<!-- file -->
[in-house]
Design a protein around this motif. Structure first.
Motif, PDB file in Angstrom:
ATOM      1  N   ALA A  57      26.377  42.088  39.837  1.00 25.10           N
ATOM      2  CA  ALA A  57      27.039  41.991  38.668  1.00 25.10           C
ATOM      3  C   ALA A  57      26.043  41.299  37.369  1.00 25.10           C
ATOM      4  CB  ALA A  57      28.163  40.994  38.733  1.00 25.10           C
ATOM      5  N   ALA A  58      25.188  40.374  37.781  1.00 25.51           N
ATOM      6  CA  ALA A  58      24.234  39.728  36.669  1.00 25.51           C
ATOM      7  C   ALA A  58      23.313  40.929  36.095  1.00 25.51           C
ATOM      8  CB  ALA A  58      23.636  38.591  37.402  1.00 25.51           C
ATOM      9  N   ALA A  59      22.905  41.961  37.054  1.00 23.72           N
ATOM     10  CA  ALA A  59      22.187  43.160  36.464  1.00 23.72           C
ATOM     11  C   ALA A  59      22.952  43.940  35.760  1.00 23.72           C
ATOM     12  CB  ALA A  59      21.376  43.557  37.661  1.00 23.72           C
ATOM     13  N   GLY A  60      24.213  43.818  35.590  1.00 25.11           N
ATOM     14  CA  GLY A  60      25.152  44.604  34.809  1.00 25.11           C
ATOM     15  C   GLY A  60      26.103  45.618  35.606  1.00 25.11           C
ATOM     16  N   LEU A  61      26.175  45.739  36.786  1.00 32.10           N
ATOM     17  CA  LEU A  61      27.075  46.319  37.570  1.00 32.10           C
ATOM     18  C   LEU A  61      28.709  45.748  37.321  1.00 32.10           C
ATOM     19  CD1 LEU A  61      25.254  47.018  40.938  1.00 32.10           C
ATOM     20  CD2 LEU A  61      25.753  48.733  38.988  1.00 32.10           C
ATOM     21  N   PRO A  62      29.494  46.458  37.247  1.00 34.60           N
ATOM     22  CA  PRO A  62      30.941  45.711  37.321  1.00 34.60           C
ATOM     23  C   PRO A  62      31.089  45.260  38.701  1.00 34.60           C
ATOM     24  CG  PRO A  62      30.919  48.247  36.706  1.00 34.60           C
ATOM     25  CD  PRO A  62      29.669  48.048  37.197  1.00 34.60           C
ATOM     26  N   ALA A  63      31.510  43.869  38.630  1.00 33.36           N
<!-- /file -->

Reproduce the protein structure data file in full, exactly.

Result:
[in-house]
Design a protein around this motif. Structure first.
Motif, PDB file in Angstrom:
ATOM      1  N   ALA A  57      26.377  42.088  39.837  1.00 25.10           N
ATOM      2  CA  ALA A  57      27.039  41.991  38.668  1.00 25.10           C
ATOM      3  C   ALA A  57      26.043  41.299  37.369  1.00 25.10           C
ATOM      4  CB  ALA A  57      28.163  40.994  38.733  1.00 25.10           C
ATOM      5  N   ALA A  58      25.188  40.374  37.781  1.00 25.51           N
ATOM      6  CA  ALA A  58      24.234  39.728  36.669  1.00 25.51           C
ATOM      7  C   ALA A  58      23.313  40.929  36.095  1.00 25.51           C
ATOM      8  CB  ALA A  58      23.636  38.591  37.402  1.00 25.51           C
ATOM      9  N   ALA A  59      22.905  41.961  37.054  1.00 23.72           N
ATOM     10  CA  ALA A  59      22.187  43.160  36.464  1.00 23.72           C
ATOM     11  C   ALA A  59      22.952  43.940  35.760  1.00 23.72           C
ATOM     12  CB  ALA A  59      21.376  43.557  37.661  1.00 23.72           C
ATOM     13  N   GLY A  60      24.213  43.818  35.590  1.00 25.11           N
ATOM     14  CA  GLY A  60      25.152  44.604  34.809  1.00 25.11           C
ATOM     15  C   GLY A  60      26.103  45.618  35.606  1.00 25.11           C
ATOM     16  N   LEU A  61      26.175  45.739  36.786  1.00 32.10           N
ATOM     17  CA  LEU A  61      27.075  46.319  37.570  1.00 32.10           C
ATOM     18  C   LEU A  61      28.709  45.748  37.321  1.00 32.10           C
ATOM     19  CD1 LEU A  61      25.254  47.018  40.938  1.00 32.10           C
ATOM     20  CD2 LEU A  61      25.753  48.733  38.988  1.00 32.10           C
ATOM     21  N   PRO A  62      29.494  46.458  37.247  1.00 34.60           N
ATOM     22  CA  PRO A  62      30.941  45.711  37.321  1.00 34.60           C
ATOM     23  C   PRO A  62      31.089  45.260  38.701  1.00 34.60           C
ATOM     24  CG  PRO A  62      30.919  48.247  36.706  1.00 34.60           C
ATOM     25  CD  PRO A  62      29.669  48.048  37.197  1.00 34.60           C
ATOM     26  N   ALA A  63      31.510  43.869  38.630  1.00 33.36           N